I chuckled when it said below that I ought to try for the toasty badge by exercising in temperatures over 100 degrees Fahrenheit. Clearly those guys have never visited the north of England.

I Never Learn

I have indulged myself in another watch upgrade. I just cannot cope with Apple Watch and I think I finally know why. As an introvert it is common to switch off and zone out when completely overloaded with sensory input, and Apple Watch is all about data, nagging and constant contact with technology. I have owned three and each time I have lasted a few months before I had to get rid of it. Introverts are at their best when functioning independently and left alone. Apple Watch is the antithesis of this. I have, hence, bought a Garmin Fenix 6S. It does not support media playback so, to avoid taking my phone on runs I have broken out my ancient iPod Nano. One day I will upgrade to a Garmin watch that supports media playback but right now I am just glad I can use it for sports, then take it off and put a proper watch on. I know I could do the same with Apple Watch but it is not designed for people like me or that sort of usage. It is a very needy device and designed for constant interaction. I just cannot assimilate all of this data from Apple. It is too much. I prefer to take what I need and then be left alone.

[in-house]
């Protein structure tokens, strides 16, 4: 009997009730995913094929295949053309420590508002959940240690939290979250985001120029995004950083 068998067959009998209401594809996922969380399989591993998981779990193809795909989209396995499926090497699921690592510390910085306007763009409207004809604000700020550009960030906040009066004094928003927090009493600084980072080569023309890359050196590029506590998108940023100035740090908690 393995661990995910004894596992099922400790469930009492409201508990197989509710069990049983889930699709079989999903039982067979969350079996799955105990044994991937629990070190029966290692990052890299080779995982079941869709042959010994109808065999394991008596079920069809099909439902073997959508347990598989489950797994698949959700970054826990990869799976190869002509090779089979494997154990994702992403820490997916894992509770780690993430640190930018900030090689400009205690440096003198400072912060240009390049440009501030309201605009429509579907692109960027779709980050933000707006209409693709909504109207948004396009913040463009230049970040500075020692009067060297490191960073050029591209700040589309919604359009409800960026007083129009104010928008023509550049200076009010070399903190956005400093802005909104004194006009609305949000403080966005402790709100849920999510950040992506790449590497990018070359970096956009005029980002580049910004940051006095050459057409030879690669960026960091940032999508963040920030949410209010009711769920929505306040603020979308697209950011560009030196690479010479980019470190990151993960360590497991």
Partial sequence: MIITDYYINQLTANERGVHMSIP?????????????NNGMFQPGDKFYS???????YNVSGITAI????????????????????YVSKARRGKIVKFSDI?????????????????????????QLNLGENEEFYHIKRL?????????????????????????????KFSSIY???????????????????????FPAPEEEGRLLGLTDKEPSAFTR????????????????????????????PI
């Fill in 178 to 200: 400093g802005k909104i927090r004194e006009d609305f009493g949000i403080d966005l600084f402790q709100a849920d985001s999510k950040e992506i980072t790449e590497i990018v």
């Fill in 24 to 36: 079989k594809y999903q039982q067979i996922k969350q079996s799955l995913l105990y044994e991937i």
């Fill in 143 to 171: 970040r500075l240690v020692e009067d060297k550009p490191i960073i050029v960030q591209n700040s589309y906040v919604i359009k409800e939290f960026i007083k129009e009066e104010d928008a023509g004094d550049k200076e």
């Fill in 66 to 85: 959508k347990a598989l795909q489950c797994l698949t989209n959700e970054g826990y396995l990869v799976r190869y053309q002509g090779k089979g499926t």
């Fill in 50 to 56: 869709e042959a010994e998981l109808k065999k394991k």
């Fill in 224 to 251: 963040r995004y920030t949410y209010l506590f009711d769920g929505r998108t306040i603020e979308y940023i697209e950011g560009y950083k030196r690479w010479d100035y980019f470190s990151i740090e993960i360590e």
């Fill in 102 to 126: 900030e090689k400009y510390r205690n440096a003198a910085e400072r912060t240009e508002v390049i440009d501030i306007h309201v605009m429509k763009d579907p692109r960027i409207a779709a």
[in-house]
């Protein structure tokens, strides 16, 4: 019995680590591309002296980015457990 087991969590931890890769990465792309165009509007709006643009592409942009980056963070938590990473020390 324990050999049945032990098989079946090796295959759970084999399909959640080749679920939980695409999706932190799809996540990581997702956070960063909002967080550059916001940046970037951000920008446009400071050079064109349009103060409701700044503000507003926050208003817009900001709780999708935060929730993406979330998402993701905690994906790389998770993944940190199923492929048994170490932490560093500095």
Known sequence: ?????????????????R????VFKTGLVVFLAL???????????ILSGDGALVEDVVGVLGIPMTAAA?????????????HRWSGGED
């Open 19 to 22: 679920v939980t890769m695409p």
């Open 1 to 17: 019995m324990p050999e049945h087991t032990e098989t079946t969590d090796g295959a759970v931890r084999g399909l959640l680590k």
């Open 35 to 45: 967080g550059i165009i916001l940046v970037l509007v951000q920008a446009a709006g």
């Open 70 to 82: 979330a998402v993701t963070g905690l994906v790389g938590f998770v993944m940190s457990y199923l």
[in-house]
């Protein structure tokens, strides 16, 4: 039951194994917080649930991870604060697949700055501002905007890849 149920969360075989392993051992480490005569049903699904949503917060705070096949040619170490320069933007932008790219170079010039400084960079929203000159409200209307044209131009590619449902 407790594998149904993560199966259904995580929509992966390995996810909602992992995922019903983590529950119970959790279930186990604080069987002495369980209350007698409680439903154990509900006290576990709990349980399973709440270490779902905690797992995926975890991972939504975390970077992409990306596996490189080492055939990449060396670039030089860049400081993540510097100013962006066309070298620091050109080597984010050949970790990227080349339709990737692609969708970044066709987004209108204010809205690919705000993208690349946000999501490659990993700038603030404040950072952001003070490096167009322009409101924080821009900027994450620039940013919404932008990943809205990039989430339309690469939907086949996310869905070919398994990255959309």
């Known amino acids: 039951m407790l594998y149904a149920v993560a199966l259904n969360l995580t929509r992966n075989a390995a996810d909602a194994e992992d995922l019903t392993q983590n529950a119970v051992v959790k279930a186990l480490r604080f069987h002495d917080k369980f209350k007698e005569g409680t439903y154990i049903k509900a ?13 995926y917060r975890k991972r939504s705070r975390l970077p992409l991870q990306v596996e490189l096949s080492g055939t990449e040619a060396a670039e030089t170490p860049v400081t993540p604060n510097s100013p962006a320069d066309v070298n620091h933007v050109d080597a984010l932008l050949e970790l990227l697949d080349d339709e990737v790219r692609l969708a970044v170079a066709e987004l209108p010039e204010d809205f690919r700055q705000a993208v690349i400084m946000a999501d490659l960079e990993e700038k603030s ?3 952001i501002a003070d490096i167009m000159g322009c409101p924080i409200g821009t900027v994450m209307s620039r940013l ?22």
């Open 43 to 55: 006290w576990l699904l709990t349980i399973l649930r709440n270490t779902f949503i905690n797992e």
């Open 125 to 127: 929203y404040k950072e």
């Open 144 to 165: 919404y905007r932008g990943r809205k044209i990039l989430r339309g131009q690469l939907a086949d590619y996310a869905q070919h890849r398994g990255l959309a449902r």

Sadly it took me three iterations of the damn thing before I figured this out. In my defence, introverts are so often placed in such positions. Ask any introvert and they will tell you that this is common and that we are often treated as though we are malfunctioning. Thankfully a solution was readily available, and thank god for Garmin.

Looking Forward

I want to get the drop on spring by working hard in winter. Coronavirus and the five weeks of self-isolation I have had to endure have each, obviously, been difficult. I am still fitter than previous years when I have been in this position so I will get up to speed quickly. Despite doing just a mile today it is progress. I could have gone further but it was -2C. You can knock that even lower if you include windchill, and breathing air that is so cold can be very painful. Thankfully the nights are getting lighter so I can easily be up to double figure distances by the time warmer weather arrives. I think that, even without factoring in lockdown, this has been a bitter and long, dark winter. The biggest challenge has been mental health and at my age I manage it scrupulously and without slacking off.

After a horrible year in 2020 it’s time to get moving.